Campbell, J. Y., T. Ramadorai, and A. Schwartz. 2009. Caught on tape: Institutional trading, stock returns, and earnings announcements. Journal of Financial Economics 92: 66-91.

Many questions about institutional trading can only be answered if one tracks high-frequency changes in institutional ownership. In the United States, however, institutions are only required to report their ownership quarterly in 13-F filings. We infer daily institutional trading behavior from the “tape”, the Transactions and Quotes database of the New York Stock Exchange, using a sophisticated method that best predicts quarterly 13-F data from trades of different sizes. We find that daily institutional trades are highly persistent and respond positively to recent daily returns but negatively to longer-term past daily returns. Institutional trades, particularly sells, appear to generate short-term losses—possibly reflecting institutional demand for liquidity—but longer-term profits. One source of these profits is that institutions anticipate both earnings surprises and post-earnings announcement drift. These results are different from those obtained using a standard size cutoff rule for institutional trades.

Chan, L. K. C., N. Jegadeesh, and J. Lakonishok. 1996. Momentum Strategies. Journal of Finance 51: 1681-1713.

We examine whether the predictability of future returns from past returns is due to the market’s underreaction to information, in particular to past earnings news. Past return and past earnings surprise each predict large drifts in future returns after controlling for the other. Market risk, size, and book-to-market effects do not explain the drifts. There is little evidence of subsequent reversals in the returns of stocks with high price and earnings momentum. Security analysts’ earnings forecasts also respond sluggishly to past news, especially in the case of stocks with the worst past performance. The results suggest a market that responds only gradually to new information.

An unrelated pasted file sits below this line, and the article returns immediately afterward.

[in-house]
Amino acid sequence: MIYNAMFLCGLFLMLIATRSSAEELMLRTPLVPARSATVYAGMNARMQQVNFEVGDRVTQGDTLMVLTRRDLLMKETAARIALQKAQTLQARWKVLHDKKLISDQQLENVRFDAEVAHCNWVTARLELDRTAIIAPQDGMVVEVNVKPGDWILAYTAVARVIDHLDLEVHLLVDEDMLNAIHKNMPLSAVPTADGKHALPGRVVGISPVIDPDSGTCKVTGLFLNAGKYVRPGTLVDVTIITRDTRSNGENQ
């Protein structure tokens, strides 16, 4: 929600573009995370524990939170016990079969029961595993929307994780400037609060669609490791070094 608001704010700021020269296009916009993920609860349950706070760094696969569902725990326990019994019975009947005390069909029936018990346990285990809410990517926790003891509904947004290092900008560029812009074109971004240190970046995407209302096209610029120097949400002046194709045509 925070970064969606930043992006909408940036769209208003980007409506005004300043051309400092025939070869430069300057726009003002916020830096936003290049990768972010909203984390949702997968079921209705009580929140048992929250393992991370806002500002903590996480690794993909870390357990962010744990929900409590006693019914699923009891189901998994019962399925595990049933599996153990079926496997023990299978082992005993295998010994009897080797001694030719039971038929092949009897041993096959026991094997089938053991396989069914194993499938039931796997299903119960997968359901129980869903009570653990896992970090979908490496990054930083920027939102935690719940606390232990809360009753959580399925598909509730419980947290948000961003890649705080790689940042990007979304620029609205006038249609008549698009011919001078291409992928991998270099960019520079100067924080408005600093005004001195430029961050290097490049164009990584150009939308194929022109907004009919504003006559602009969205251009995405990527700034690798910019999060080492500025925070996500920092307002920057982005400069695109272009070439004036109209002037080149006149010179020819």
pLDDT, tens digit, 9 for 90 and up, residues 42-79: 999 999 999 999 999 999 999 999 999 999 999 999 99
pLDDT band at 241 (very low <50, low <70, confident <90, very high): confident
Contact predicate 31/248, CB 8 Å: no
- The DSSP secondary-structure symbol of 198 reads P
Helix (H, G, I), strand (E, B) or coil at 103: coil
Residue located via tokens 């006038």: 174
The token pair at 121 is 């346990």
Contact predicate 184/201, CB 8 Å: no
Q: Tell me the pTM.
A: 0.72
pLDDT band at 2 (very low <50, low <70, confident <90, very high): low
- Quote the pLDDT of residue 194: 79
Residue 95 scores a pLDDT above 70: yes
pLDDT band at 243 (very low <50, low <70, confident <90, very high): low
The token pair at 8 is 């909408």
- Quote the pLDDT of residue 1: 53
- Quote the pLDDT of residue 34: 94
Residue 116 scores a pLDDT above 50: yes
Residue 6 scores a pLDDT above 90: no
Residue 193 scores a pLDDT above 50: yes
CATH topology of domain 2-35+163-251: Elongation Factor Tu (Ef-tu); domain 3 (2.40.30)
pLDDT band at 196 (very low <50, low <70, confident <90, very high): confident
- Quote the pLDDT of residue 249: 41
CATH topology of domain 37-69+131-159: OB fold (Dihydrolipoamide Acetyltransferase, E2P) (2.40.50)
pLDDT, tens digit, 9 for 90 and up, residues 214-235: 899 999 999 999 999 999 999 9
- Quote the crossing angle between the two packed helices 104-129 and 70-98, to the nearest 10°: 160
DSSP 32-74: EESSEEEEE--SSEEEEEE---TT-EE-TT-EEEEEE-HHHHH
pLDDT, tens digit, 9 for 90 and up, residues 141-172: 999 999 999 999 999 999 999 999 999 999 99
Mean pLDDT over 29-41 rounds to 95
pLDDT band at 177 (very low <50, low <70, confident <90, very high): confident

Chen (U Washington),  Jiambalvo (U Washington) The Relations between Dispersion in Analyst Forecasts and Stock Returns ; Optimism vs. Drift – July 2004  [ low returns if high dispersion ]

This paper investigates the conclusion in Diether, Malloy, and Scherbina (2002) that dispersion in analysts’ forecasts proxies for differences in investor beliefs, and that prices reflect the beliefs of optimistic investors when dispersion is high. If this is the case, we expect to find higher earnings response coefficients (ERCs), related to negative earnings surprises, for high versus low dispersion firms. This follows because the negative earnings surprises are less consistent with the beliefs of optimists. However, we find smaller ERCs, which calls into question the optimism argument in DMS. Further, we find that the relatively low future returns earned by high forecast dispersion firms, documented in DMS, are explained by the well known post-earnings-announcement drift phenomena. Specifically, after sorting observations based on prior period standardized unexpected earnings (SUEs), which are associated with drift, the difference between the future returns of high versus low dispersion firms is not statistically significant.

Chordia, T., A. Goyal, G. Sadka, R. Sadka, and L. Shivakumar. 2009. Liquidity and the Post-Earnings Announcement Drift. Financial Analysts Journal 65 (4): 18-32.

The post-earnings-announcement-drift is a long standing anomaly that is in conflict with market efficiency. This paper documents that the post-earnings-announcement drift occurs mainly in the highly illiquid stocks. A trading strategy that goes long the high earnings surprise stocks and short the low earnings surprise stocks provides a value-weighted return of 0.14% in the most liquid stocks and 1.60% per month in the most illiquid stocks. The illiquid stocks have high trading costs and market impact costs. Using a multitude of estimates we find that transaction costs account for anywhere from 63% to 100% of the paper profits from the long-short strategy designed to exploit the earnings momentum anomaly. This paper provides support for the argument that transactions costs could be the source of the drift.